None of us will ever forget 2020. Every single one of us is experiencing this type of hardship for the first time and many days we feel alone, fearful, anxious and are wondering if life will ever go back to normal.
Here's what I know about the word normal: It's one of my least favorite. But also, since it seems to be here to stay, let me tell you that what you are all feeling is normal. The survival instinct creates a fear of the unknown. That fear is perpetuated by the perceived or real lack of control that COVID-19 has established for each of us, which in turn has sent us into a tailspin.
Control over what I can control is what helps keep my sanity. I control my schedule with a calendar I share with my husband and kids. I control my expectations by communicating my thoughts with those around me. But control in general feels like it has been stripped from all of us.
Working in medicine, I've seen patients present with a vast array of symptoms they cannot explain—fatigue, changes in weight, gastrointestinal disturbances, changes in appetite, headaches, muscle and joint aches, an increase in irritability or a short fuse, and a general disengagement with the things that may have previously brought them joy. Some of these patients have not been diagnosed in the past with anxiety or depression and wouldn't describe themselves as anxious or depressed, but some of them have. Their symptoms, however, don't often follow the typical panic attack or depressive symptoms. So, what gives?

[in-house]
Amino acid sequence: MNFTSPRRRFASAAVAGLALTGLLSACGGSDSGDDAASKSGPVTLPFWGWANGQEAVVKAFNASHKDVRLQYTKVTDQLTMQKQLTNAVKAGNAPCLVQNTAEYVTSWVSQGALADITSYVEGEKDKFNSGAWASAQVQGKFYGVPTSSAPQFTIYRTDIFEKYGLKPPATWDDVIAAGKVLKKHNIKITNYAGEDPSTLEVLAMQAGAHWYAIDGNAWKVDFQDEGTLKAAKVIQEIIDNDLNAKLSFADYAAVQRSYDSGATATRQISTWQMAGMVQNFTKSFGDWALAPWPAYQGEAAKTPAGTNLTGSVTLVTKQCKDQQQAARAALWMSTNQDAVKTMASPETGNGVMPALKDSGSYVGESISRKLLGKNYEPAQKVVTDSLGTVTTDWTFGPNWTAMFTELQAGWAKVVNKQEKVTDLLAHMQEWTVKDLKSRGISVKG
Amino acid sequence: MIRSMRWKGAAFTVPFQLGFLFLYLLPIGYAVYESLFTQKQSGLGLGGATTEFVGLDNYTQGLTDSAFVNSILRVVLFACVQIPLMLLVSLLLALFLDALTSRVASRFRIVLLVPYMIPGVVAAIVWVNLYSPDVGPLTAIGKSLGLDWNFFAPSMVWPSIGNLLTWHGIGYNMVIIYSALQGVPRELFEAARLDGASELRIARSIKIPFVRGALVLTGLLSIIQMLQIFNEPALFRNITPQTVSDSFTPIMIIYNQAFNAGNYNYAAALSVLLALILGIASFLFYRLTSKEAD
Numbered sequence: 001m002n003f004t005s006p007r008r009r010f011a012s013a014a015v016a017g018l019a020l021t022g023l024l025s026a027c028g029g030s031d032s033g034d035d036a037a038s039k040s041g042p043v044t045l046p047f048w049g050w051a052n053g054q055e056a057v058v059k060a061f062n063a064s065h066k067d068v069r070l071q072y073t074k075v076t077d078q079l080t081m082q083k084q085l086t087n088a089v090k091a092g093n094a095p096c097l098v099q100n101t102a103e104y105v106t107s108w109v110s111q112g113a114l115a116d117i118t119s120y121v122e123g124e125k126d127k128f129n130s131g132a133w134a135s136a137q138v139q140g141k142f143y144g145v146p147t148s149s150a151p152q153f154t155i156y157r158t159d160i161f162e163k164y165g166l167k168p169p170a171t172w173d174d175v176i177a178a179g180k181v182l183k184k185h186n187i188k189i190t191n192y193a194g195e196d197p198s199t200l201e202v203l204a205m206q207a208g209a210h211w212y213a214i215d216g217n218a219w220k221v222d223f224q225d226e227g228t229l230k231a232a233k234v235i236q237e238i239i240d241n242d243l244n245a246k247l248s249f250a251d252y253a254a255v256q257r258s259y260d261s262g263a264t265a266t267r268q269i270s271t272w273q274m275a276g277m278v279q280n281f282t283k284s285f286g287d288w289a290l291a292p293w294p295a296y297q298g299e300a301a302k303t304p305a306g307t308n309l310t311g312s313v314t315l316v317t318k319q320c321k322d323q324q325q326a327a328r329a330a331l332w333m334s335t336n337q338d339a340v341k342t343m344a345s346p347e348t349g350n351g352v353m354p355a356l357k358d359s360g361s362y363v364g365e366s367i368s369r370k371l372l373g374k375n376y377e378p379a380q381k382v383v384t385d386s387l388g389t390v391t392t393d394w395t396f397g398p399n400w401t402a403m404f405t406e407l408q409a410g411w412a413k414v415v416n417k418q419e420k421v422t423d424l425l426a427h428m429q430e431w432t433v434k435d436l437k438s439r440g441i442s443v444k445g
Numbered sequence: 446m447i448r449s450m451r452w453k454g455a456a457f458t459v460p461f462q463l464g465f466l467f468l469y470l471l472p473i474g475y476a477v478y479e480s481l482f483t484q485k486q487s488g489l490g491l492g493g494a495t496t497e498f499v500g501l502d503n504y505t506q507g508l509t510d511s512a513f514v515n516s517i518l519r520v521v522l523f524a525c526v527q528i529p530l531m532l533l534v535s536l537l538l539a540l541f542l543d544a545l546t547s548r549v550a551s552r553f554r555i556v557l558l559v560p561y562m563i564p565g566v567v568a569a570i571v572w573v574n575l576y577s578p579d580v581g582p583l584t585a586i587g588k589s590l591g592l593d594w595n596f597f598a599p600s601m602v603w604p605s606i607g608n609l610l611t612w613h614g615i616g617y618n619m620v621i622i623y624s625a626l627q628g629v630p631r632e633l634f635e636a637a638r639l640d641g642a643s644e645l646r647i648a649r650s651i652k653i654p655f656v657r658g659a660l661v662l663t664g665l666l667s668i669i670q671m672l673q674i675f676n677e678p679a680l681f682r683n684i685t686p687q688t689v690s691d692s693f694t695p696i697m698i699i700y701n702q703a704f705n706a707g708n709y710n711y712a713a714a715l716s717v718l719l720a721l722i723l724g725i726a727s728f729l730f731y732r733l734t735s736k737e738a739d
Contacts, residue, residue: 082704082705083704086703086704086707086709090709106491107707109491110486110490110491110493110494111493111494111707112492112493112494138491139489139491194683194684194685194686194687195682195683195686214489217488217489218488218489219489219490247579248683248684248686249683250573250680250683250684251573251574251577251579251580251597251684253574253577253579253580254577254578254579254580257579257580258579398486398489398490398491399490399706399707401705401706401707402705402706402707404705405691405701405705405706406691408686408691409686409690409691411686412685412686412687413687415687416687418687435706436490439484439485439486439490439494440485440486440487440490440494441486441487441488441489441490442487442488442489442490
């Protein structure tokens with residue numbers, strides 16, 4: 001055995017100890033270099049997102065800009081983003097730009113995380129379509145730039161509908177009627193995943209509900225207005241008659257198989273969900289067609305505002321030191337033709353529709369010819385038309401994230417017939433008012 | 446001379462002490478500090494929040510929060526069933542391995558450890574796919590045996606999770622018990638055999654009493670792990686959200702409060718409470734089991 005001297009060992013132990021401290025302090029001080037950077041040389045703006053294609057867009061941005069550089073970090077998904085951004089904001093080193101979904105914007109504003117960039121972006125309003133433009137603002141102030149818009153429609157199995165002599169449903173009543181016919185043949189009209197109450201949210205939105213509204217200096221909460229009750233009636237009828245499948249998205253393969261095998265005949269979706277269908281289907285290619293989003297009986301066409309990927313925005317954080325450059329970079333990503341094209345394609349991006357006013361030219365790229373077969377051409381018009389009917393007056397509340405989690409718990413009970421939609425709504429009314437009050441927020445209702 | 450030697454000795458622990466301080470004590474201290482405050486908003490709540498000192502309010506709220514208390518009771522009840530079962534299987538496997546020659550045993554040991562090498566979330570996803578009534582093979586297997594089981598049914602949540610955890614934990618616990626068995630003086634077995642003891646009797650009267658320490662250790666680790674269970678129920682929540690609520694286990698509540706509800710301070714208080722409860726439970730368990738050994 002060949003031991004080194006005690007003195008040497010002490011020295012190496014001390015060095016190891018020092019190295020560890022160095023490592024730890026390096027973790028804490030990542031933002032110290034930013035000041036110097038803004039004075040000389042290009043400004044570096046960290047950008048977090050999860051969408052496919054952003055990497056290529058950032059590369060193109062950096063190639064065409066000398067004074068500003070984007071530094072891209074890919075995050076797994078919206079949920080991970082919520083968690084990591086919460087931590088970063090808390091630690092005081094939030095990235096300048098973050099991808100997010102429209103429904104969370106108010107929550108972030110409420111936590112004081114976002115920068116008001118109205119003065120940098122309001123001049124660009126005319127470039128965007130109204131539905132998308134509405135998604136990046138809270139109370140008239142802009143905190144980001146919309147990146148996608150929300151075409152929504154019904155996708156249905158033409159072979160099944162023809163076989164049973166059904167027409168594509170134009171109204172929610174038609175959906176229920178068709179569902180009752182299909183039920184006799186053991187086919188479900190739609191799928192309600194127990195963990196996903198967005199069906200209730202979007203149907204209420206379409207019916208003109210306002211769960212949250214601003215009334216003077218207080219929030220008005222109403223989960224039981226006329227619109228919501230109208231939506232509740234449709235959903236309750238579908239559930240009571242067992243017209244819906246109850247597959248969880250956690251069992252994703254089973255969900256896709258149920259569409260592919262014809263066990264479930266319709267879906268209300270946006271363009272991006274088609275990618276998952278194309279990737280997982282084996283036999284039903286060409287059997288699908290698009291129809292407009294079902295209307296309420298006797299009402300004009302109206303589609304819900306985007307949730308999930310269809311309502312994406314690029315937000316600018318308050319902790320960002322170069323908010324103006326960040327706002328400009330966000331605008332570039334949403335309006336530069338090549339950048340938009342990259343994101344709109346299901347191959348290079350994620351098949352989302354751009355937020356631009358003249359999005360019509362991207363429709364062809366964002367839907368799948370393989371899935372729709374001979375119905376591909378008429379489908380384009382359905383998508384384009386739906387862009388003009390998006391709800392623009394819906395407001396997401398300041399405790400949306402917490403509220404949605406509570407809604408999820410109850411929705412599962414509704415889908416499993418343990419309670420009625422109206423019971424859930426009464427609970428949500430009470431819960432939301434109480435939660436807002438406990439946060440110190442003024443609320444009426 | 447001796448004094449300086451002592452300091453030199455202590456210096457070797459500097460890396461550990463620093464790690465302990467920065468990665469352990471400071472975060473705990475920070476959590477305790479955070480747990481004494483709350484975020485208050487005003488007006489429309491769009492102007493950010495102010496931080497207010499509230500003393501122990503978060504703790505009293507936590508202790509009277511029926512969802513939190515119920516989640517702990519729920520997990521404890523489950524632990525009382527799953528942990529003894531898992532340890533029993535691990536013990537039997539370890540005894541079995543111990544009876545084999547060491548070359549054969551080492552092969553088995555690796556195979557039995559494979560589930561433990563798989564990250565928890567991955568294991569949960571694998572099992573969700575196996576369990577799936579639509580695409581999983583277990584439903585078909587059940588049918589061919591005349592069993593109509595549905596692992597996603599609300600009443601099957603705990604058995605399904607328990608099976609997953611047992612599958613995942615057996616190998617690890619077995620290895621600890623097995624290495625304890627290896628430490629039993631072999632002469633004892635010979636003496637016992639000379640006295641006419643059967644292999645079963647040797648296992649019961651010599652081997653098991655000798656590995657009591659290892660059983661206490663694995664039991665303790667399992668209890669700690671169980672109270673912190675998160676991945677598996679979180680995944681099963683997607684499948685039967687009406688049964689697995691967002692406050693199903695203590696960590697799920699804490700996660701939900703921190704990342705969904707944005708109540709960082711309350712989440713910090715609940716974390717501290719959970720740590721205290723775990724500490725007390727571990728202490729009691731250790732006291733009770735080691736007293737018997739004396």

I decided to see if I could gain some clarity by chatting with two of the most brilliant mental health experts I'm privileged to work with: Erin Walker, a Certified Physician Assistant with specialty training in psychiatry, and Justine Braford, a Licensed Clinical Social Worker and co-owner and founder of Grand Rapids Specialty Therapy.
I was curious as to what both Erin and Justine were seeing in regards to people seeking general medical care. I know some are avoiding medical offices completely due to so many reasons—stress, concern regarding COVID-19, financial strains due to unemployment, distrust of medical and insurance systems, and barriers to access. I wondered what practices they're doing to assure people that it's not only safe but recommended to receive their preventative care.
"Medical offices have worked hard to remain safe during the pandemic. Everything from beefed up cleaning routines to minimizing the number of people in the office at one time. It is safe for you to continue your care," said Walker. "Many offices will also offer payment plans during this time and will work with you financially. Don't sacrifice your health during this temporary time, as it could result in long term consequences."